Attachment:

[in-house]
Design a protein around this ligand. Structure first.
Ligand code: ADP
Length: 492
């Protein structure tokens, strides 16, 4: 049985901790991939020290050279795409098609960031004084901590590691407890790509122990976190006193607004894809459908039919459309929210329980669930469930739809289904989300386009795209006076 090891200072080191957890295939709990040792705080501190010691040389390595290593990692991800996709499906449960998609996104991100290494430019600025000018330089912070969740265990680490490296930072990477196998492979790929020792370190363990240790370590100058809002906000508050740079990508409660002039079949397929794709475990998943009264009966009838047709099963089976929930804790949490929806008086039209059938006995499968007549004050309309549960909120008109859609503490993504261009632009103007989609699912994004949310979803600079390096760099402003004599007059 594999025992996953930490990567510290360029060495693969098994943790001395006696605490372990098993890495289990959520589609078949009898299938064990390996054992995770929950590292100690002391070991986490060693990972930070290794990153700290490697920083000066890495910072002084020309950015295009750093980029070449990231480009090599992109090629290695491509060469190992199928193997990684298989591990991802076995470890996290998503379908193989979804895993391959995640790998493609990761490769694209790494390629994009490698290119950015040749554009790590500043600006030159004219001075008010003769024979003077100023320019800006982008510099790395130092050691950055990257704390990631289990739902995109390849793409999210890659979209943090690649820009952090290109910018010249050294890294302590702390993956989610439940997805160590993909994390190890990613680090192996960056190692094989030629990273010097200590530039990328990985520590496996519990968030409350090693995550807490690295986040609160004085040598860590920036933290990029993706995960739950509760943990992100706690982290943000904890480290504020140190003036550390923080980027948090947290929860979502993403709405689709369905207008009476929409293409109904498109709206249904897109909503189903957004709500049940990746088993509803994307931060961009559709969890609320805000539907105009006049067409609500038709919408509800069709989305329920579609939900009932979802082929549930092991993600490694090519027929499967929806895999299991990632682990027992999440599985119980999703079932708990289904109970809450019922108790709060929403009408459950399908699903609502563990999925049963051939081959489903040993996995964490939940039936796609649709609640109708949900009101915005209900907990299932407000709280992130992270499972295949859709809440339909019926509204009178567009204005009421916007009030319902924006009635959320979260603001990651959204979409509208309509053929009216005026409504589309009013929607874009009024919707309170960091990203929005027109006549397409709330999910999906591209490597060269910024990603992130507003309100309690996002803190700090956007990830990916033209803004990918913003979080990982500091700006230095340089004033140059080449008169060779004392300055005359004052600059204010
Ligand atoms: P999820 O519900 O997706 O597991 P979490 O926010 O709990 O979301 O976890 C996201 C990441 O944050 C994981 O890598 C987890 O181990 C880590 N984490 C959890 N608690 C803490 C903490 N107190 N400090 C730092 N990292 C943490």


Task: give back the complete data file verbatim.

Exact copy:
[in-house]
Design a protein around this ligand. Structure first.
Ligand code: ADP
Length: 492
């Protein structure tokens, strides 16, 4: 049985901790991939020290050279795409098609960031004084901590590691407890790509122990976190006193607004894809459908039919459309929210329980669930469930739809289904989300386009795209006076 090891200072080191957890295939709990040792705080501190010691040389390595290593990692991800996709499906449960998609996104991100290494430019600025000018330089912070969740265990680490490296930072990477196998492979790929020792370190363990240790370590100058809002906000508050740079990508409660002039079949397929794709475990998943009264009966009838047709099963089976929930804790949490929806008086039209059938006995499968007549004050309309549960909120008109859609503490993504261009632009103007989609699912994004949310979803600079390096760099402003004599007059 594999025992996953930490990567510290360029060495693969098994943790001395006696605490372990098993890495289990959520589609078949009898299938064990390996054992995770929950590292100690002391070991986490060693990972930070290794990153700290490697920083000066890495910072002084020309950015295009750093980029070449990231480009090599992109090629290695491509060469190992199928193997990684298989591990991802076995470890996290998503379908193989979804895993391959995640790998493609990761490769694209790494390629994009490698290119950015040749554009790590500043600006030159004219001075008010003769024979003077100023320019800006982008510099790395130092050691950055990257704390990631289990739902995109390849793409999210890659979209943090690649820009952090290109910018010249050294890294302590702390993956989610439940997805160590993909994390190890990613680090192996960056190692094989030629990273010097200590530039990328990985520590496996519990968030409350090693995550807490690295986040609160004085040598860590920036933290990029993706995960739950509760943990992100706690982290943000904890480290504020140190003036550390923080980027948090947290929860979502993403709405689709369905207008009476929409293409109904498109709206249904897109909503189903957004709500049940990746088993509803994307931060961009559709969890609320805000539907105009006049067409609500038709919408509800069709989305329920579609939900009932979802082929549930092991993600490694090519027929499967929806895999299991990632682990027992999440599985119980999703079932708990289904109970809450019922108790709060929403009408459950399908699903609502563990999925049963051939081959489903040993996995964490939940039936796609649709609640109708949900009101915005209900907990299932407000709280992130992270499972295949859709809440339909019926509204009178567009204005009421916007009030319902924006009635959320979260603001990651959204979409509208309509053929009216005026409504589309009013929607874009009024919707309170960091990203929005027109006549397409709330999910999906591209490597060269910024990603992130507003309100309690996002803190700090956007990830990916033209803004990918913003979080990982500091700006230095340089004033140059080449008169060779004392300055005359004052600059204010
Ligand atoms: P999820 O519900 O997706 O597991 P979490 O926010 O709990 O979301 O976890 C996201 C990441 O944050 C994981 O890598 C987890 O181990 C880590 N984490 C959890 N608690 C803490 C903490 N107190 N400090 C730092 N990292 C943490």